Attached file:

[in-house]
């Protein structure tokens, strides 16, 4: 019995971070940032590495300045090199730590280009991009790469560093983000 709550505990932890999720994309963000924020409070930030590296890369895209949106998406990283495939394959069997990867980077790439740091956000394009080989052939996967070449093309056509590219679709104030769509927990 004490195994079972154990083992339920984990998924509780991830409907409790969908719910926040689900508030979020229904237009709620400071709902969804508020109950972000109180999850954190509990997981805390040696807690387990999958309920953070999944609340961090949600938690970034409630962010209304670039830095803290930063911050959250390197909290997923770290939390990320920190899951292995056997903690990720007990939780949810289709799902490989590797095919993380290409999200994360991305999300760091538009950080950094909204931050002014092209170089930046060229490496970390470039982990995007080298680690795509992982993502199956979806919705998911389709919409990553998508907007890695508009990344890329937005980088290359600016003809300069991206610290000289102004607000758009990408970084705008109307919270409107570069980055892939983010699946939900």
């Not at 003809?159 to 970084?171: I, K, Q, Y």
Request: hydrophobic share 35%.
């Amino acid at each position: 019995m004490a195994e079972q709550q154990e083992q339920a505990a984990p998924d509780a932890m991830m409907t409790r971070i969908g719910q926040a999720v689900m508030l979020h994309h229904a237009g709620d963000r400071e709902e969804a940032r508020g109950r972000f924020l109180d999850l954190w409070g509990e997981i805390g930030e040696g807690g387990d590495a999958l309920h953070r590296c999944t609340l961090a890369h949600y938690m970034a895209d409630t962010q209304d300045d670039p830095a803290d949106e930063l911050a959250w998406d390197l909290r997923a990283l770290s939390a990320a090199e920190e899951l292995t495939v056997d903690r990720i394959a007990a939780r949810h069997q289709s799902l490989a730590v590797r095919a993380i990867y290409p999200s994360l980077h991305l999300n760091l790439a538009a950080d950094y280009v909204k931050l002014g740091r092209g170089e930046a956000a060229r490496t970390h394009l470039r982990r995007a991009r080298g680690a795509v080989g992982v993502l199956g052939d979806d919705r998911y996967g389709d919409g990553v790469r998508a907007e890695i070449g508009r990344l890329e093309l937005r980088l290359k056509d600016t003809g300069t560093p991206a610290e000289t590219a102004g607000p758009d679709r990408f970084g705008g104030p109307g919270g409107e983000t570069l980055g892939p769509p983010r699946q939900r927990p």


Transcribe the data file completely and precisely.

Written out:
[in-house]
């Protein structure tokens, strides 16, 4: 019995971070940032590495300045090199730590280009991009790469560093983000 709550505990932890999720994309963000924020409070930030590296890369895209949106998406990283495939394959069997990867980077790439740091956000394009080989052939996967070449093309056509590219679709104030769509927990 004490195994079972154990083992339920984990998924509780991830409907409790969908719910926040689900508030979020229904237009709620400071709902969804508020109950972000109180999850954190509990997981805390040696807690387990999958309920953070999944609340961090949600938690970034409630962010209304670039830095803290930063911050959250390197909290997923770290939390990320920190899951292995056997903690990720007990939780949810289709799902490989590797095919993380290409999200994360991305999300760091538009950080950094909204931050002014092209170089930046060229490496970390470039982990995007080298680690795509992982993502199956979806919705998911389709919409990553998508907007890695508009990344890329937005980088290359600016003809300069991206610290000289102004607000758009990408970084705008109307919270409107570069980055892939983010699946939900």
């Not at 003809?159 to 970084?171: I, K, Q, Y």
Request: hydrophobic share 35%.
């Amino acid at each position: 019995m004490a195994e079972q709550q154990e083992q339920a505990a984990p998924d509780a932890m991830m409907t409790r971070i969908g719910q926040a999720v689900m508030l979020h994309h229904a237009g709620d963000r400071e709902e969804a940032r508020g109950r972000f924020l109180d999850l954190w409070g509990e997981i805390g930030e040696g807690g387990d590495a999958l309920h953070r590296c999944t609340l961090a890369h949600y938690m970034a895209d409630t962010q209304d300045d670039p830095a803290d949106e930063l911050a959250w998406d390197l909290r997923a990283l770290s939390a990320a090199e920190e899951l292995t495939v056997d903690r990720i394959a007990a939780r949810h069997q289709s799902l490989a730590v590797r095919a993380i990867y290409p999200s994360l980077h991305l999300n760091l790439a538009a950080d950094y280009v909204k931050l002014g740091r092209g170089e930046a956000a060229r490496t970390h394009l470039r982990r995007a991009r080298g680690a795509v080989g992982v993502l199956g052939d979806d919705r998911y996967g389709d919409g990553v790469r998508a907007e890695i070449g508009r990344l890329e093309l937005r980088l290359k056509d600016t003809g300069t560093p991206a610290e000289t590219a102004g607000p758009d679709r990408f970084g705008g104030p109307g919270g409107e983000t570069l980055g892939p769509p983010r699946q939900r927990p």